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PLoS One. 2018 Aug 29;13(8):e0202516. doi: 10.1371/journal.pone.0202516. eCollection 2018.

How various design decisions on matching individuals in relationships affect the outcomes of microsimulations of sexually transmitted infection epidemics.

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Centre for Social Science Research, University of Cape Town, Cape Town, South Africa.
Department of Public Health, University of Bielefeld, Bielefeld, Germany.
Center for Health Economics Research Hannover (CHERH), Leibniz-University Hannover, Hannover, Germany.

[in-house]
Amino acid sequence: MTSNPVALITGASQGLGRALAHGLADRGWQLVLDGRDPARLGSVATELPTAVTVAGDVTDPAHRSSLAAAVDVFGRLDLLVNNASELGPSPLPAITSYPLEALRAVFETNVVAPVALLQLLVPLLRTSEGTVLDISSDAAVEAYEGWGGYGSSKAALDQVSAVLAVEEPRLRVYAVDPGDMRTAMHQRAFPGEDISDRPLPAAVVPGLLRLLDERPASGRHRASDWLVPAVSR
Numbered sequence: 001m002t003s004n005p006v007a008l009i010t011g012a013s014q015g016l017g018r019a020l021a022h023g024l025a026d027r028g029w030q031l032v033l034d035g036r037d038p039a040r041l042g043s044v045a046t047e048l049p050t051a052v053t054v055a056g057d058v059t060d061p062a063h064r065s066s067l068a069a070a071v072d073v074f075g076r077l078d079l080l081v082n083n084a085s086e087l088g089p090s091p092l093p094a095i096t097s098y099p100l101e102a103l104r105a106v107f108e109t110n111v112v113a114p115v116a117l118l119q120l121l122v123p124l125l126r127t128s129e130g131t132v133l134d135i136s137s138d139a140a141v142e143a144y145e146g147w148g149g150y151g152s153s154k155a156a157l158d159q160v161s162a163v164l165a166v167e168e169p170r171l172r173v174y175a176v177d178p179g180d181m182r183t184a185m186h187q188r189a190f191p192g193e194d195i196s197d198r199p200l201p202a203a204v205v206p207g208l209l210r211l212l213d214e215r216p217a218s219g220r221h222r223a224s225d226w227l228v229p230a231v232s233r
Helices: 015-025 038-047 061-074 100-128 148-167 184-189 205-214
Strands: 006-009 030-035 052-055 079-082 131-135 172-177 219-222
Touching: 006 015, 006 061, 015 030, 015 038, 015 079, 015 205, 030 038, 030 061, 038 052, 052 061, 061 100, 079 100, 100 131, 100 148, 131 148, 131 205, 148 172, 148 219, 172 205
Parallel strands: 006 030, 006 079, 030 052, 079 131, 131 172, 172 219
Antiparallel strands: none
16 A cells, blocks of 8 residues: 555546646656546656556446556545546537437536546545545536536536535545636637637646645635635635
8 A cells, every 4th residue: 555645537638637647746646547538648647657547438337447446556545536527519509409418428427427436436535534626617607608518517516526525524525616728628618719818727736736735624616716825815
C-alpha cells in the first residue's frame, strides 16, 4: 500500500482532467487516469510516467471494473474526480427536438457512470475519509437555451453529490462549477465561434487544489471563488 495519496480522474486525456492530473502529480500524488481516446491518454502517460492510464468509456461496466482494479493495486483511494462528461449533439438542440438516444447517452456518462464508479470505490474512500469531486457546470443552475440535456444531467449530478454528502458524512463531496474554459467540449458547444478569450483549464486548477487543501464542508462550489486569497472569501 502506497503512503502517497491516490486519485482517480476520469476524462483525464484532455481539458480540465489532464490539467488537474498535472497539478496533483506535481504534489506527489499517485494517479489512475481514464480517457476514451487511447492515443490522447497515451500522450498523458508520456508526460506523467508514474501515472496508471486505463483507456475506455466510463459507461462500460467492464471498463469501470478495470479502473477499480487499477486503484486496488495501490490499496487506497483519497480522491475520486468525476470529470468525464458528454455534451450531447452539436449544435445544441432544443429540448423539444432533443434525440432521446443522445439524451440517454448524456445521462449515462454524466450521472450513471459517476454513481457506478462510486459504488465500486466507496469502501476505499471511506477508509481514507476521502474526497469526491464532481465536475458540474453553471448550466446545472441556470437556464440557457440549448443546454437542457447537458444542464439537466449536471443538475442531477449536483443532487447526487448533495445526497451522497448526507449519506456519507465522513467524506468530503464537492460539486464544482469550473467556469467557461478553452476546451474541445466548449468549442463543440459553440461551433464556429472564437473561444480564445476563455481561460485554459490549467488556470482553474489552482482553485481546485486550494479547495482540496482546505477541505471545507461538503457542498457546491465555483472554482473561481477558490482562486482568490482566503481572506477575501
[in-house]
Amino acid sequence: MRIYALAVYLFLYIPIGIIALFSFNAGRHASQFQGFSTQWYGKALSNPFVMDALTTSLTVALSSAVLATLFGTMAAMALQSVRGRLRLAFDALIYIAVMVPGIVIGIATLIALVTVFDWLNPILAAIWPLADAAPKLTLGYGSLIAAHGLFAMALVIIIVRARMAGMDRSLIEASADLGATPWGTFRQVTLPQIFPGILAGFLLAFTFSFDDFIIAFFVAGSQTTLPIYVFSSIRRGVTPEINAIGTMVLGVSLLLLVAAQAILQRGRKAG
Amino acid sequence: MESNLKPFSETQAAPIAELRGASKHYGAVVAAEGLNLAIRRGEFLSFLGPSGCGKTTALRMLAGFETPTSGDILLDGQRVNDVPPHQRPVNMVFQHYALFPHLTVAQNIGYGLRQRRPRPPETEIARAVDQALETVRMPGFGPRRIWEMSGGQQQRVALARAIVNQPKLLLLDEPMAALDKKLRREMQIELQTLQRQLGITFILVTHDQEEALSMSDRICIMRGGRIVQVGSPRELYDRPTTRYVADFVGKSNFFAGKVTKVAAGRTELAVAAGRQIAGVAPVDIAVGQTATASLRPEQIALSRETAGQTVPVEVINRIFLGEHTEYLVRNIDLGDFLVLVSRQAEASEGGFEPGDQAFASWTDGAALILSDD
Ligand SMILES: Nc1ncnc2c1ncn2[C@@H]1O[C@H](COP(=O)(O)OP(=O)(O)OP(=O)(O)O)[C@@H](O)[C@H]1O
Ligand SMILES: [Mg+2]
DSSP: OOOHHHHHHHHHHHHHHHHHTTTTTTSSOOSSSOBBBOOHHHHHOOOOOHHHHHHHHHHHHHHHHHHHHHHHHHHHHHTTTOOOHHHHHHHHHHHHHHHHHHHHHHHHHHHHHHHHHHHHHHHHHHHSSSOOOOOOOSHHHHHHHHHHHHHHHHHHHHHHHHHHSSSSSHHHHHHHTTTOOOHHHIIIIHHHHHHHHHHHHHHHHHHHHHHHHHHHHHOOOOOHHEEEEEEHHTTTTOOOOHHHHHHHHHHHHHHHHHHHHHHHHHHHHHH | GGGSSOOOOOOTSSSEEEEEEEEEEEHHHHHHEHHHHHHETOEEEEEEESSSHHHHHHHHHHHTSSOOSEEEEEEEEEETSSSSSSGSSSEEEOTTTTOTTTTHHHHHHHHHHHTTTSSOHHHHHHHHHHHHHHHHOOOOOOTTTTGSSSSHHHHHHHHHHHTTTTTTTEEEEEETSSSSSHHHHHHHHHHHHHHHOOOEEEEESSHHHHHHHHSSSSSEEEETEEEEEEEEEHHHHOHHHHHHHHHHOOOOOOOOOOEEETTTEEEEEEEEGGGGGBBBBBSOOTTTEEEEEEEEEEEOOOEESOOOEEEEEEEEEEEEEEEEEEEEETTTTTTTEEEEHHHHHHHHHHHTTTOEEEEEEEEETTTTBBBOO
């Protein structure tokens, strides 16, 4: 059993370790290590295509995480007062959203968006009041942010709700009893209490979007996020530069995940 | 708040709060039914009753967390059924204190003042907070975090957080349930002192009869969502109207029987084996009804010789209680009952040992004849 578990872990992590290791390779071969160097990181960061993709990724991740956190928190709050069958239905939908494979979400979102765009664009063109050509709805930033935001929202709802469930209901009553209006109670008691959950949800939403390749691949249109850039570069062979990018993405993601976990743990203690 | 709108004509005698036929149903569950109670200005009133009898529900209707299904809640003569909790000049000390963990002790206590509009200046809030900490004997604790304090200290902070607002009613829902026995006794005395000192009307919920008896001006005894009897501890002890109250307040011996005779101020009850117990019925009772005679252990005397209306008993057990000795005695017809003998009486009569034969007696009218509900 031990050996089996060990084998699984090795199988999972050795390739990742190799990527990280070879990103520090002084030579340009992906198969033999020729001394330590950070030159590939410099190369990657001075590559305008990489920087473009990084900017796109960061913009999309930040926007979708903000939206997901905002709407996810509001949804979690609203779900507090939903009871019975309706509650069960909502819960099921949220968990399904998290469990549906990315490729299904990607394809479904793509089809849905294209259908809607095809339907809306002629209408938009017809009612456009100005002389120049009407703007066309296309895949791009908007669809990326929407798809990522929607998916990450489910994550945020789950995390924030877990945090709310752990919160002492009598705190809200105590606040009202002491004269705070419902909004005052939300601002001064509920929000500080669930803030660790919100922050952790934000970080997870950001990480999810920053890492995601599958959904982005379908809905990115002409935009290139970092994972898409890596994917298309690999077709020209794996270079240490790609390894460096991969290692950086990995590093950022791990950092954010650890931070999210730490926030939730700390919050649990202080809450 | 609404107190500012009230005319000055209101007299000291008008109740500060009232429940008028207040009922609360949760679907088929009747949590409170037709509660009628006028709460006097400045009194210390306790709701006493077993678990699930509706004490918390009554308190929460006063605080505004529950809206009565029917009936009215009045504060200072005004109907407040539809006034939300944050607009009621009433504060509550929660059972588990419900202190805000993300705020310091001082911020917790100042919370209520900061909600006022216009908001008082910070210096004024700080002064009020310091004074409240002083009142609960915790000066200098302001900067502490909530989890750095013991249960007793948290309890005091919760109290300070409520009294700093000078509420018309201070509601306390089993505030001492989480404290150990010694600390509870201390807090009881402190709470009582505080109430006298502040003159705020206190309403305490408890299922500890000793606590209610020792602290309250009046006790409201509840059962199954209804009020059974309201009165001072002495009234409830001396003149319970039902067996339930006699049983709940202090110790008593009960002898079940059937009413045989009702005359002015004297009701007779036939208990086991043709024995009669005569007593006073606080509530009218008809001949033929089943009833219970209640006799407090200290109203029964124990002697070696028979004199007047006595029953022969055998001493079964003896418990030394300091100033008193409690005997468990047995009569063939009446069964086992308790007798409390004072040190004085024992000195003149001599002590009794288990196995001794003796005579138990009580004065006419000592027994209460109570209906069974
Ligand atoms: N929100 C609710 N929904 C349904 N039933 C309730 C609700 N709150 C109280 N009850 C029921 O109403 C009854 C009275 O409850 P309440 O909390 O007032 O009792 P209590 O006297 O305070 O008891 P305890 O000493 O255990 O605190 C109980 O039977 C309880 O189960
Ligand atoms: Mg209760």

Microsimulations are increasingly used to estimate the prevalence of sexually transmitted infections (STIs). These models consist of agents which represent a sexually active population. Matching agents into sexual relationships is computationally intensive and presents modellers with difficult design decisions: how to select which partnerships between agents break up, which agents enter a partnership market, and how to pair agents in the partnership market. The aim of this study was to analyse the effect of these design decisions on STI prevalence. We compared two strategies for selecting which agents enter a daily partnership market and which agent partnerships break up: random selection in which agents are treated homogenously versus selection based on data from a large German longitudinal data set that accounts for sex, sexual orientation and age heterogeneity. We also coupled each of these strategies with one of several recently described algorithms for pairing agents and compared their speed and outcomes. Additional design choices were also considered, such as the number of agents used in the model, increasing the heterogeneity of agents' sexual behaviour, and the proportion of relationships which are casual sex encounters. Approaches which account for agent heterogeneity estimated lower prevalence than less sophisticated approaches which treat agents homogeneously. Also, in simulations with non-random pairing of agents, as the risk of infection increased, incidence declined as the number of agents increased. Our algorithms facilitate the execution of thousands of simulations with large numbers of agents quickly. Fast pair-matching algorithms provide a practical way for microsimulation modellers to account for varying sexual behaviour within the population they are studying. For STIs with high infection rates modellers may need to experiment with different population sizes.

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